Why This Winter's El Niño Will Not Bring More Rain to California

A conversation with Jan Null, a weather forecaster who explains why expectations of a wet winter are misplaced.
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A pedestrian uses her umbrella in the rain in Alhambra, California, on April 8th, 2016.

A pedestrian uses her umbrella in the rain in Alhambra, California, on April 8th, 2016.

An El Niño is forecast for the winter ahead, and we all know what that means. Or do we?

El Niño—that cyclical warming of the equatorial Pacific Ocean—has long been associated with wet winters across much of the West. Which is always welcome news across the chronically water-short region. But in reality, whether El Niño actually delivers greater-than-normal precipitation is strictly a toss-up, says Jan Null, owner of Golden Gate Weather Services, a consultancy based in Saratoga, California.

The National Weather Service Climate Prediction Center tells us, in its most recent forecast of the El Niño Southern Oscillation, that there is as much as a 70 percent chance of El Niño conditions forming during the winter ahead. And it's likely to be a "weak" El Niño. But what does that mean? Elementally, it means the equatorial Pacific is expected to be warmer than normal, and this may alter weather events around the globe.

But it doesn't mean you should get your hopes up for a wet winter. Null has taken it upon himself to try to bring a dose of reality to the situation, via an exhaustive breakdown of precipitation results from past El Niño events. In an interview with Water Deeply, he explains why our expectations about this weather phenomenon are often wrong.

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What does an El Niño prediction mean for precipitation in California and elsewhere in the West?

With any El Niño, and especially weak events, there is no strong correlation with either above- or below-normal precipitation in California. For example, in the very important Sacramento Basin, of the 10 weak El Niño events since 1950, five have been above normal and five below normal. And the range of these solutions is from 43 percent of normal in 1976–77 to 135 percent of normal in 1977–78.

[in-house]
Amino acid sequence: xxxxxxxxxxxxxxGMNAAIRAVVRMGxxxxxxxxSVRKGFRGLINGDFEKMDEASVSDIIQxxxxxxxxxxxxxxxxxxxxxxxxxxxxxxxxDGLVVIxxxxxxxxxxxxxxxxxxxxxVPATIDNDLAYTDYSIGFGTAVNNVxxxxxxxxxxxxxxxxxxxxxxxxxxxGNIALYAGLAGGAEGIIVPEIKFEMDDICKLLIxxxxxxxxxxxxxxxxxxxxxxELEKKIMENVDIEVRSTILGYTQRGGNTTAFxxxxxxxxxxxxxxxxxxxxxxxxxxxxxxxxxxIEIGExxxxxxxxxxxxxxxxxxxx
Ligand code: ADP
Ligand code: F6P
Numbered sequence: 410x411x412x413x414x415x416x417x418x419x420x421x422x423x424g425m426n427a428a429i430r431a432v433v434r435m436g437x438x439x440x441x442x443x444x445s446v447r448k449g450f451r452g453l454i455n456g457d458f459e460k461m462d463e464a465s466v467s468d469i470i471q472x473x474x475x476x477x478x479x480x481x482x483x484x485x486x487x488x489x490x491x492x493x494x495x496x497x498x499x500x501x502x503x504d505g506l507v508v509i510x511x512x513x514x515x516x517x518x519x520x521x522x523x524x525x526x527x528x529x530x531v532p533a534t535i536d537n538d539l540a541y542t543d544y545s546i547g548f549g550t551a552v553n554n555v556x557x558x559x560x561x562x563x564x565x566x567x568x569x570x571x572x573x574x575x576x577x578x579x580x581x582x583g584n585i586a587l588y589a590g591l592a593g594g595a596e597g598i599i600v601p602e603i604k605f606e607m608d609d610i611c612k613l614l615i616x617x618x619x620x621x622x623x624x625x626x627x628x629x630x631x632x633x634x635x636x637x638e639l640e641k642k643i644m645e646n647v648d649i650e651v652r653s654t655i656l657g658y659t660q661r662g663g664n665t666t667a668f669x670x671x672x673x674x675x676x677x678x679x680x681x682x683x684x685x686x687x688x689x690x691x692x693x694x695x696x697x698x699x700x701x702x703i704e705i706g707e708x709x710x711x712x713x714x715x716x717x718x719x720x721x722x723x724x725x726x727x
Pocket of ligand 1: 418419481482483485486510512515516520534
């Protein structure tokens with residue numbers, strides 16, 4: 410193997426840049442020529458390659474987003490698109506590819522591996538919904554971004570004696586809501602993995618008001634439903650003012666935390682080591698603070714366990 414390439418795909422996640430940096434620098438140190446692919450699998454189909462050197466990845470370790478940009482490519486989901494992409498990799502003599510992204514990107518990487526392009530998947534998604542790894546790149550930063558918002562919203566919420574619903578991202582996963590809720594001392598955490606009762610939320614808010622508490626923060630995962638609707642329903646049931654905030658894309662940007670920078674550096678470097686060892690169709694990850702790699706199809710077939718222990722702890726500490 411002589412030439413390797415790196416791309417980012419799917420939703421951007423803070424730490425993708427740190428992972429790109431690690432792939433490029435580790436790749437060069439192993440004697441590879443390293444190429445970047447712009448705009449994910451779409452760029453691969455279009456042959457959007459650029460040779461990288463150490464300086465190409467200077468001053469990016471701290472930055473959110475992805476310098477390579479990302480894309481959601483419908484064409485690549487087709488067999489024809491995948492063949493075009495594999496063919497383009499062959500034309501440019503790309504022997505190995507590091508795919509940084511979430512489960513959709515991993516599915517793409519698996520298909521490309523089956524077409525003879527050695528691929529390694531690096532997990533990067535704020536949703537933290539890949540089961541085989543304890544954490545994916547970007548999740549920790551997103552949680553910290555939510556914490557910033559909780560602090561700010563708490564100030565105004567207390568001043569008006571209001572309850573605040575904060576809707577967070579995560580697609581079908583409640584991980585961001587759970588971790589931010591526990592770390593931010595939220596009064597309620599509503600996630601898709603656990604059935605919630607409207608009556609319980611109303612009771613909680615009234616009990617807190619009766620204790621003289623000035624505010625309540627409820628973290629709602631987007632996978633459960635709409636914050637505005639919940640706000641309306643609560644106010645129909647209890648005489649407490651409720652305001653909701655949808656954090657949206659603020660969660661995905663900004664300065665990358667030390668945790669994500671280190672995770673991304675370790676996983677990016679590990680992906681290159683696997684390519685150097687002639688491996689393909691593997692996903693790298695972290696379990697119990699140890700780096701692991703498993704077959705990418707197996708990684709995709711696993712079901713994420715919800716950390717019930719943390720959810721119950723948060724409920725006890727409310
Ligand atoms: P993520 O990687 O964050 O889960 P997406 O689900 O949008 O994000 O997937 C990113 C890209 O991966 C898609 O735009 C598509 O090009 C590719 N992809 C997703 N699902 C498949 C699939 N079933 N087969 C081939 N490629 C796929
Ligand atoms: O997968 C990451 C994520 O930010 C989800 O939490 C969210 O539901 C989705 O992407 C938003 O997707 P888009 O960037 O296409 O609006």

Likewise, rainfall in the California portion of the Colorado ranges from 30 percent of normal in 2006–07 to 214 percent in 2004–05—both weak El Niños.

Why is forecasting El Niño so difficult?

The accuracy for seasonal forecasts is not nearly as absolute as our weather forecasts in the short term. So with forecasting El Niño, you're going to run into all the same issues you have with any seasonal forecast. Also, we're finding out more and more that ENSO events are not happening in a vacuum. It's not the only thing that's going on. You also have the Pacific Decadal Oscillation, the Madden-Julian Oscillation, the Arctic Oscillation. I call it an alphabet soup of different things we have going on in the oceans and atmosphere.

But, of these, the strongest single events are ENSO events, which I think is one of the reasons they get so much attention. But they don't happen in that vacuum. So sometimes these other things make the ENSO events stronger, or they might subtract from the impacts.

So not only do we have to forecast what the ocean temperatures are going to be along this fairly narrow swathe of the equatorial Pacific. You really have to consider what's going on in all these other places—looking at pressure patterns in the Arctic or what's going on in the North Pacific. It's a complex puzzle. If you forecast one piece out of place, all the other ones aren't going to fit right together.

Then we also have to discuss the fact that you have climate change DNA in everything that's going on. The atmosphere and the oceans are warmer, so that's going to add into the complexity of what's going on.

Much of the West is grappling with long-term water shortages. How should we manage our expectations around El Niño and avoid any "hype"?

I don't think it necessarily is El Niño hype. There is always the hope that the next winter is going to be wet. People fixate on the idea that "This is an El Niño storm." Well, you also have big storms in years that are not El Niño.

Historically, the way we get our "normal" precipitation is typically by having a lot of years that are a little bit less than normal. And that's really what the drought in 2011–15 was. So that means you have a deficit over those four years. So to make up that deficit, you not only have to have a normal year. You almost have to have a year that would be twice as wet as normal. But something we have learned is that we can recover without making up all the deficit. And I think we saw that with the water supply after what happened in 2016–17, which was a wet year.

It's really important that water managers, the media, and the public get out of the old mindset from 1982–83 and 1997–98 that El Niño means a wet winter for California. I think the attention is appropriate. You just have to put it in context.

I've often used, over the years, the analogy of a baseball team. You may have this one player who's a superstar who helps you get more wins than any other player. But on any given day, somebody else might have a hot day and be the one who's going to be the star. El Niño is not the only player on the team.

This article originally appeared on Water Deeply. You can find the original here. For important news about water issues and the American West, you can sign up to the Water email list.

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